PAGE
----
K. Joseph Spears after talking to conference participants summarizes the findings from the Maritime Security Challenges conference for Canadian Sailings readers in this article. Readers of the blog will be interested in knowing that there were panels on topical maritime issues including the development of aircraft carriers, maritime applications of unmanned autonomous vehicles, security questions and the Gulf of Guinea, the illegal movement of people and illicit cargoes at sea and, importantly from the Canadian perspective, shipbuilding and future naval requirements. These panels were all followed by question-and-answer sessions. Some of the takeaways that became evident from the conference included diminishing budgets, the cost of new naval vessels, increasing use of drones, cyberspace capabilities of new weapons, and the challenges of interacting in a complex marine threat environment. The other reality that became quite clear is that navies still need to provide greater capabilities despite shrinking budgets, which is a real challenge when technology is changing rapidly.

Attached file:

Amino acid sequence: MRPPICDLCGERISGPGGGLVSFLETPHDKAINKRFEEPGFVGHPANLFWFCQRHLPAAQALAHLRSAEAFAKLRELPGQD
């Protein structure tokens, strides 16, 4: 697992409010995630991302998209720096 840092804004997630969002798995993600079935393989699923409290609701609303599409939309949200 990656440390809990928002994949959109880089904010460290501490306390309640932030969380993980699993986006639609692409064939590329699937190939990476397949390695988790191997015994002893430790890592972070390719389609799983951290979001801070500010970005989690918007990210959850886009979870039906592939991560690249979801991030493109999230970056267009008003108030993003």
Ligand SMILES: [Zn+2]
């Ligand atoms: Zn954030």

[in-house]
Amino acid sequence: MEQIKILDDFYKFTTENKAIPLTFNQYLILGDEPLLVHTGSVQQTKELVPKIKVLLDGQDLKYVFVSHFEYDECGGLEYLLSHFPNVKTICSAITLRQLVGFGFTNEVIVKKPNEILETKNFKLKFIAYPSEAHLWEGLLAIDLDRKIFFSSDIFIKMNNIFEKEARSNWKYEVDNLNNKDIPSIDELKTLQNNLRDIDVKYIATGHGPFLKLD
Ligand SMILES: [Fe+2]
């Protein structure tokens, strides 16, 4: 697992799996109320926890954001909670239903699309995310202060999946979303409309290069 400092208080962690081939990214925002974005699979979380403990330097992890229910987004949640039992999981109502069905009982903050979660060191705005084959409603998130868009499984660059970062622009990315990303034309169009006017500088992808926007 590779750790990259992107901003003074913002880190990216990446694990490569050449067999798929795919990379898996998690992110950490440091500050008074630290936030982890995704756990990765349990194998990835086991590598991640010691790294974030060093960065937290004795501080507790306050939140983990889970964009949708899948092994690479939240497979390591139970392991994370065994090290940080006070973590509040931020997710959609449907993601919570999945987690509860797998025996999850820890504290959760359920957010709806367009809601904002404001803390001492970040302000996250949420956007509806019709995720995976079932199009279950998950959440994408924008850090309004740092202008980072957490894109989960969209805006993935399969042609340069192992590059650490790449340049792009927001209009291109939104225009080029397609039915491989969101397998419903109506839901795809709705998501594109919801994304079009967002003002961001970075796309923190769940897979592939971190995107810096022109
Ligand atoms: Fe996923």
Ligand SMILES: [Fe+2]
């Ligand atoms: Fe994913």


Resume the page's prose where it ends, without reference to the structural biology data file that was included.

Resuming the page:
Maritime Security Challenges Series
Delegates are brought together for three days to Victoria, British Columbia’s beautiful capital city on Vancouver Island in the Pacific Northwest, in an environment that fosters learning and exchange with ample opportunity for connecting with peers. Known for quality programming, MSC uniquely blends both academic theory and current issues, drawing on a significant range of international security analysts.
The MSC program is designed to foster dialogue on the most pressing issues facing international security practitioners while providing ample time for our delegates to make valuable connections with colleagues from around the world.